I. THAT, WITHOUT CONTINUAL CARE, THE BEST OF MEN MAY BE LED INTO THE WORST OF CRIMES. Every man hath within him the principles of every bad action that the worst man ever did. And though in some they are languid, and seem scarce alive, yet, if fostered by indulgence, they will soon grow to incredible strength; nay, if only left to themselves, will, in seasons favourable to them, shoot up, and overrun the heart, with such surprising quickness that all the good seed shall be choked on a sudden by tares, which we never imagined had been within us. And what increases the danger is that each of us hath some wrong inclination or other, it is well if not several, beyond the rest natural to us, and the growth of the soil. Then, besides all our inward weaknesses, the world about us is thick set round with snares, differently formed; some provoking us to immoderate passion, or envious malignity; some alluring us with forbidden pleasures or softening us into supineness and indolence. Not that with all this we have the least cause to be disheartened, but only on our guard. He that imagines himself to be safe never is so; but they, who keep in their minds a sense of their danger, and pray for, and trust in, help from God, will always be able to avoid or go through it. Temptation hath no power, the great tempter himself hath no power, but that of using persuasion. Forced we cannot be, so long as we are true to ourselves. David at first violated only the rules of decency, which he might easily have observed, and have turned away his eyes from an improper object. This, which doubtless he was willing to think a very pardonable gratification of nothing worse than curiosity, carried him on far beyond his first intention, to the heinous crime of adultery. There, undoubtedly, he designed to stop, and keep what had passed secret from all the world. But virtue hath ground to stand upon; vice hath not; and, if we give way at all, the tendency downward increases every moment. Sometimes the treacherous pleasantness of the path invites us to stray a little farther, though we are sensible it descends to the gates of hell. Sometimes the consciousness that we are guilty already tempts us to fancy it immaterial how much more we become so, without reflecting that by every sin which we add we diminish the hope of retreat, and augment thy weight of our condemnation. Sometimes, again, as in the case before us, one act of wickedness requires another, or many more, to cover it. Lesser instances of undue parsimony grow insensibly into the meanest and most sordid avarice; lesser instances of greediness of gain into the most hard-hearted rapaciousness, And On the other hand, little negligences in their affairs, little affectations of living above their ability, little, pieces of expensive vanity and extravagance, are the direct road to those confirmed habits of carelessness and prodigality by which people foolishly and wickedly ruin themselves and their families, and too commonly others besides their own. Always, therefore, beware of small sins.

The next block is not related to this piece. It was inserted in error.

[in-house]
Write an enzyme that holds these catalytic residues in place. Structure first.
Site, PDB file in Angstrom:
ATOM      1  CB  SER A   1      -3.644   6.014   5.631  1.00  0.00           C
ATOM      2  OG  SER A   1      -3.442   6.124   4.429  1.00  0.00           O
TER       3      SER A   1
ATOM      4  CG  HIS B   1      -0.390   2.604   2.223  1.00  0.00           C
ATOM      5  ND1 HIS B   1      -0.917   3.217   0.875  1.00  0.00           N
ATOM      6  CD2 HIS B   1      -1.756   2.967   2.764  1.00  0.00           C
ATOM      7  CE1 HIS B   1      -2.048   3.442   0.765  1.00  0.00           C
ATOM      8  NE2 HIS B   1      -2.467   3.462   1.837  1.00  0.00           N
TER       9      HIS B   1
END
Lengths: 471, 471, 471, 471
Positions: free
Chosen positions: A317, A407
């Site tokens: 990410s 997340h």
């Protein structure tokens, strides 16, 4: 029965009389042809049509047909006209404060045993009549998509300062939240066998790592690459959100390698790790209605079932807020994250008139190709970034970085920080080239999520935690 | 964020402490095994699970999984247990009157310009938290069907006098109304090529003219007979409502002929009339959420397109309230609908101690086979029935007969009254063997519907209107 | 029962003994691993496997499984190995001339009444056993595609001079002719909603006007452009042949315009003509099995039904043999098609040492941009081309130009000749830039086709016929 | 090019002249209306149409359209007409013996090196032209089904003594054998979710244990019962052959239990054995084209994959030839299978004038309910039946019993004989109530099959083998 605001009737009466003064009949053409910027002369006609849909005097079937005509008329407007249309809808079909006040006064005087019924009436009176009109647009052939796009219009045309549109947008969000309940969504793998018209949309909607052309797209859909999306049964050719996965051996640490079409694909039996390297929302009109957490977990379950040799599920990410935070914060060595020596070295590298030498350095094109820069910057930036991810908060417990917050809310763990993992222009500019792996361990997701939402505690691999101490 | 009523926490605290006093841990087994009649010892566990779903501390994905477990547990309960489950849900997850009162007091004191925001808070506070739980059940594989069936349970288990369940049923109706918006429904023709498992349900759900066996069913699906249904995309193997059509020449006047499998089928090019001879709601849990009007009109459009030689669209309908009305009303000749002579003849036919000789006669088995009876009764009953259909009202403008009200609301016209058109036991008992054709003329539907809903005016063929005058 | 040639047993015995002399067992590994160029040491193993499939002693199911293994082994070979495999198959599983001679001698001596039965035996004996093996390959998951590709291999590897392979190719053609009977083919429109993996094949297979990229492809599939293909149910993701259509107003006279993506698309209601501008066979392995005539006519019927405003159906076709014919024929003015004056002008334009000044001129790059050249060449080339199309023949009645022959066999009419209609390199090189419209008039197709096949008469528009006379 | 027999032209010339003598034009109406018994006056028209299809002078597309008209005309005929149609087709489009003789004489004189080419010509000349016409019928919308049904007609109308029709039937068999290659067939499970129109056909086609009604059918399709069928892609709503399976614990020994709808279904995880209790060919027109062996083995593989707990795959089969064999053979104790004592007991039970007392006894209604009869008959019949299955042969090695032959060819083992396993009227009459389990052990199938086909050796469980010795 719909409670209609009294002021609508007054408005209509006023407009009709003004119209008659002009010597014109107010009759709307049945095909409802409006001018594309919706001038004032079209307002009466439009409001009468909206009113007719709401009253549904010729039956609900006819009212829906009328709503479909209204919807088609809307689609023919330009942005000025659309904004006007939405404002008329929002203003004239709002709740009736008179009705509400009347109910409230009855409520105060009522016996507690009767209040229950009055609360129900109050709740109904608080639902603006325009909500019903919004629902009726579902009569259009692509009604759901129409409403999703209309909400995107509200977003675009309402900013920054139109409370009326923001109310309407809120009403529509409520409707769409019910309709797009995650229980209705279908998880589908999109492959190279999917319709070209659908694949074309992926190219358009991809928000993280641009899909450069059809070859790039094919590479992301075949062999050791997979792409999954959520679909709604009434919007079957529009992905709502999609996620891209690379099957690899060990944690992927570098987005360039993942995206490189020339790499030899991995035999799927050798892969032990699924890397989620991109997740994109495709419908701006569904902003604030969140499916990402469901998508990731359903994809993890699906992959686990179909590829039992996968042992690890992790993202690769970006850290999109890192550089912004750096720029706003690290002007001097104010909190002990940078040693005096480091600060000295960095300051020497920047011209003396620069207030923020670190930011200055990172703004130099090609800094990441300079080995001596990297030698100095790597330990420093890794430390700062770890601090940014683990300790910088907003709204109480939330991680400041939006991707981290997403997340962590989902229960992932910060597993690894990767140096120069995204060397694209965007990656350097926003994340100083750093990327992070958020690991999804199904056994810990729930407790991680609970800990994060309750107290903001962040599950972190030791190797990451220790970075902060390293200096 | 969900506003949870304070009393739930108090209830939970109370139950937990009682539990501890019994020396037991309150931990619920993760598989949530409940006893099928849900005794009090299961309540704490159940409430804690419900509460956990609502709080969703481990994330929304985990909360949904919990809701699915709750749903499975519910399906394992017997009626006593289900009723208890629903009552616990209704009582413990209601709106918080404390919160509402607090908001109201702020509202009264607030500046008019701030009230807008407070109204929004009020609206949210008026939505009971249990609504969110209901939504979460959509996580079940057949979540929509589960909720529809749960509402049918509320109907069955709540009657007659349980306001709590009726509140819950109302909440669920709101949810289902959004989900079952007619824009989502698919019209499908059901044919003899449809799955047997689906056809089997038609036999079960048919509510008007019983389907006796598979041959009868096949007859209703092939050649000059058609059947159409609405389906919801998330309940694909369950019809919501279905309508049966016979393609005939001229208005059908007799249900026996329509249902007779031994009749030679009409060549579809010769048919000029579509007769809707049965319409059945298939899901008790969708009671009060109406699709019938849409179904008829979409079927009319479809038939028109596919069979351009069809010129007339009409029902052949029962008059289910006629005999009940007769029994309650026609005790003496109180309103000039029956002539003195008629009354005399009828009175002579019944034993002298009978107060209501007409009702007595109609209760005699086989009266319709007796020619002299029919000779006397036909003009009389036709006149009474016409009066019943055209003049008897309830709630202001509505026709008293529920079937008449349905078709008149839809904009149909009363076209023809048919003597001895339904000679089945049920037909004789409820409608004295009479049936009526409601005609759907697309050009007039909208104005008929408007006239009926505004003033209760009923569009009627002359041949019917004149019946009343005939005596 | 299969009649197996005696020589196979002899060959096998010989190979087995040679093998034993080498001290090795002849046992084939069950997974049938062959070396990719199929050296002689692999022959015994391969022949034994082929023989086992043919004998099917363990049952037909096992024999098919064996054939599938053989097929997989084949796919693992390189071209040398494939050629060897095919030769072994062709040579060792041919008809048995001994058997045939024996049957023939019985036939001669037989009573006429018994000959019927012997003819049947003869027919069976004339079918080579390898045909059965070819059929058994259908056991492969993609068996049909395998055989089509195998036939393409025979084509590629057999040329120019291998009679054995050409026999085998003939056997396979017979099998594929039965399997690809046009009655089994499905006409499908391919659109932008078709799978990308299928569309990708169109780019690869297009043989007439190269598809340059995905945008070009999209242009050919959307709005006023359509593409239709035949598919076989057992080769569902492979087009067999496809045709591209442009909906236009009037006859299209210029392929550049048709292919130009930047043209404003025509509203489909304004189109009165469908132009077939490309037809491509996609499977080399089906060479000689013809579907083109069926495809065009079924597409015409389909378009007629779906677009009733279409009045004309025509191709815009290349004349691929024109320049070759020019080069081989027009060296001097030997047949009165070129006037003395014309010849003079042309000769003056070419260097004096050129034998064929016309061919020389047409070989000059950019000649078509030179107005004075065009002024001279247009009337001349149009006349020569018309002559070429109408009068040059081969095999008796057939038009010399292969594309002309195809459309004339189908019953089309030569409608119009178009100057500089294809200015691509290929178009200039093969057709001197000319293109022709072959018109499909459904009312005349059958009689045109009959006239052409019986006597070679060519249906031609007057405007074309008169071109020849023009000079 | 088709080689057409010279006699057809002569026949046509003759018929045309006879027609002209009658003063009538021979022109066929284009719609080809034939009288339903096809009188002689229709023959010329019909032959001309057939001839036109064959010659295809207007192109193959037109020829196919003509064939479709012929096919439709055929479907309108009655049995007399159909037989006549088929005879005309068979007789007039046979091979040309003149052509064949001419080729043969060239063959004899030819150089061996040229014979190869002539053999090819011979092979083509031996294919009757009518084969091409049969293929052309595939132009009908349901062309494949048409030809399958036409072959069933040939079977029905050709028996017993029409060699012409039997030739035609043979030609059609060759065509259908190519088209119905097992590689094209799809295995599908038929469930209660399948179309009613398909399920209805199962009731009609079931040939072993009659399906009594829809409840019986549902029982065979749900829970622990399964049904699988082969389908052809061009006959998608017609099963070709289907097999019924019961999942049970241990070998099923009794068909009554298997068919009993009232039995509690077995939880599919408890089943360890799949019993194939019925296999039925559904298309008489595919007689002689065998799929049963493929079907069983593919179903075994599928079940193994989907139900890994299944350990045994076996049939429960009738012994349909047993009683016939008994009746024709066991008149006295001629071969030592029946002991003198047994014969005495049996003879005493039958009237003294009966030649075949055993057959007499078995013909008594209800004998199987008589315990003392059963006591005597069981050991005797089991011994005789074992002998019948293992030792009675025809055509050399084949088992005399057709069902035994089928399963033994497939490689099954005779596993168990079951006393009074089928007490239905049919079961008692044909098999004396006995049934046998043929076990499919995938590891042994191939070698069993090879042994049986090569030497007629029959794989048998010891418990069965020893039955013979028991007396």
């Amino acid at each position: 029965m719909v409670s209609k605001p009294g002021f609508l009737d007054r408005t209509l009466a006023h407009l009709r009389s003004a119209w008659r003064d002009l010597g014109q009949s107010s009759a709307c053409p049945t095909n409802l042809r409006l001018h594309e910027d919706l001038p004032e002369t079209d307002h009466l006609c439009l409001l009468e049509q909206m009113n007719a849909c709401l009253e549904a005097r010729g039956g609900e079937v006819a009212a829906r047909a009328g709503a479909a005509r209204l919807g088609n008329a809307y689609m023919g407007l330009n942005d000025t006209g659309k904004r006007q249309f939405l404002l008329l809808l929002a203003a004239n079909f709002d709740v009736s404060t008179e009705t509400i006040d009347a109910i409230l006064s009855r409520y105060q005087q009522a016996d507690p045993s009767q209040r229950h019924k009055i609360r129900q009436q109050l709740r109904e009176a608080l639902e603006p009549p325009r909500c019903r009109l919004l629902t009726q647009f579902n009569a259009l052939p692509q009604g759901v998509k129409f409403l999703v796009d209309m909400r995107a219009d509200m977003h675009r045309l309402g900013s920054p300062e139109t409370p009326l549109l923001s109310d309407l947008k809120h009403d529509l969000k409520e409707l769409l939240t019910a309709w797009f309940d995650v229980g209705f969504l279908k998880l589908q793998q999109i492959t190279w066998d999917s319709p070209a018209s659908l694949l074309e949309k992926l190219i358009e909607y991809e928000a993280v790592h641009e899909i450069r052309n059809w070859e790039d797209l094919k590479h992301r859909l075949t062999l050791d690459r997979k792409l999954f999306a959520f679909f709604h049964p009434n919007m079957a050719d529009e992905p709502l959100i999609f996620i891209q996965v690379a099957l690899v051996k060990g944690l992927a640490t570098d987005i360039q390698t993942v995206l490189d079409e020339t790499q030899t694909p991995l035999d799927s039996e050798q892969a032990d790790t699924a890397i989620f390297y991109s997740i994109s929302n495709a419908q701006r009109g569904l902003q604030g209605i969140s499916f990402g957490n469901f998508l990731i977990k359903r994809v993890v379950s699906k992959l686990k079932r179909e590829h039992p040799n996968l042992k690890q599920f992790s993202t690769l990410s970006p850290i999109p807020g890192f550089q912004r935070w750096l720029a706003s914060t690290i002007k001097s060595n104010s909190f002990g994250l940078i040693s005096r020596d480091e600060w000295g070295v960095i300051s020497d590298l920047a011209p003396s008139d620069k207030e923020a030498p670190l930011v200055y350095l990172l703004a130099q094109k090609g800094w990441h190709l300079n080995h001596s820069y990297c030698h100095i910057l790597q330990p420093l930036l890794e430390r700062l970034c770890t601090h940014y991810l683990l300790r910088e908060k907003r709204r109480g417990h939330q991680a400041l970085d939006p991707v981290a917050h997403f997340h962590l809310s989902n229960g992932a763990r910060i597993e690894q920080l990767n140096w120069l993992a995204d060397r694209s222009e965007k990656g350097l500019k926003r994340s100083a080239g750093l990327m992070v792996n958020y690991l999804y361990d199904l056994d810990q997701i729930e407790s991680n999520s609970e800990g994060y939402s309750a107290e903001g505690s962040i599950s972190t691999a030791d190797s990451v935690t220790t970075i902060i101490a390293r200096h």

II. THAT MEN ARE APT TO OVERLOOK THEIR OWN MISDEMEANOURS, AND YET TO BE EXTREMELY QUICK-SIGHTED AND SEVERE IN RELATION TO THOSE OF OTHERS. The facts which David had committed were the most palpable, the most crying sins, that could be; nothing, one should think, to excuse them; nothing to disguise them; no name but their own to call them by: adultery, falsehood, murder. Even after the murder many months appear to have passed before Nathan was sent to him: still David had not recollected himself, but seemed to go on in perfect tranquillity. Nay, which is more astonishing than the rest, when the prophet bad contrived a story on purpose to convict him of his guilt, representing the first part of it so exactly that nothing, which was not the same under different names, could be liker, it never once brought it, so far as appears, to his memory. Yet all this while he had not, in the least degree, lost the sense of what was right and wrong in general. We all know our duty, or easily may: we are all abundantly ready at seeing and censuring what others do amiss; and yet we all continue, more or less, to do amiss ourselves without, regarding it. The main precepts of life, such as we are most apt to fail in, are partly obvious to reason, partly taught with sufficient clearness by revelation. Let all the sophistry in the world recommend, let all the powers upon earth enjoin, irreligion, cruelty, fraud, promiscuous lewdness: it will, notwithstanding, be altogether impossible, either to make the practice of them tolerable to society, or to change in all the inward abhorrence of them which mankind in general are led by nature to entertain. But still the majority even of heathens, and surely then of Christians, do or may, for the most part, as clearly discern what is blameable and commendable as what is crooked and straight. Let it be tried in the conduct of an acquaintance or contemporary; the principal danger will be of a sentence too rigorous. For if the sin brought in question before us be one to which we have no inclination we shall be sure to censure it without the least mercy. And though it be one of which we have been guilty, provided our guilt be unknown or forgotten, we can usually declare against it as harshly as the most innocent person alive. Or how moderate soever the consciousness of our own past behaviour might otherwise dispose us to be: yet if once we come to be sufferers ourselves by the same kind of sins, which we have formerly indulged, and perhaps often made others suffer by them, then we can be immoderately loud in our complaints of what formerly we fancied, or pretended, had little or no hurt in it. Nay, without any such provocation, few things are commoner than to hear people condemn their own faults in those around them. Now these instances prove, we arc convinced, that all sorts of sins are wrong: only we err in the application of our conviction. No one's failings escape us but our own: and of them the most glaring escape us. Self-love persuades us to think favourably of our conduct in general. Then, in some things, the bounds between lawful and unlawful are hard to be exactly determined. Now, unfair minds lay hold on these difficulties with inexpressible eagerness: and choosing, not, as they should, the safer side, but that to which the bias within attracts them, proceed, under the cover of such doubts, to the most undoubted wickedness: as if, because it is not easy to say precisely, at what moment of the evening light ends and darkness begins, therefore midnight could not be distinguished from noonday. Thus, because it cannot be ascertained just how much every one ought to give in charity, too many will give nothing, or next to nothing. Because it cannot be exactly decided how much time is the most that we may allowably spend in recreation and amusement: therefore multitudes will consume almost the whole of their days in trifling instead of applying to the proper business of life, in order to give their account, with joy to him who shall judge the quick and the dead. These and the like things they will, some of them, defend and palliate with wonderful acuteness; designed partly to excuse them to others, but chiefly to deceive and pacify themselves. Not that they ever attain either of these ends. For their neighbours, after all, just as plainly perceive their faults, as they perceive those of their neighbours. And it is but a half deceit that they put upon their own souls. Yet this dream of security is but a very disturbed one: nothing like the clear and joyful perception that he hath, whose conscience is thoroughly awake, and assures him of his own innocence, or true repentance, and interest in the pardon which his Redeemer hath purchased. But in however strong delusion God may permit them to remain at present, how can they be sure but ere long remorse may seize them, an adversary expose them. Therefore, one of the happiest things imaginable is being made sensible of our sins in time: and the first step to that is reflecting how liable we are both to commit them and to overlook them.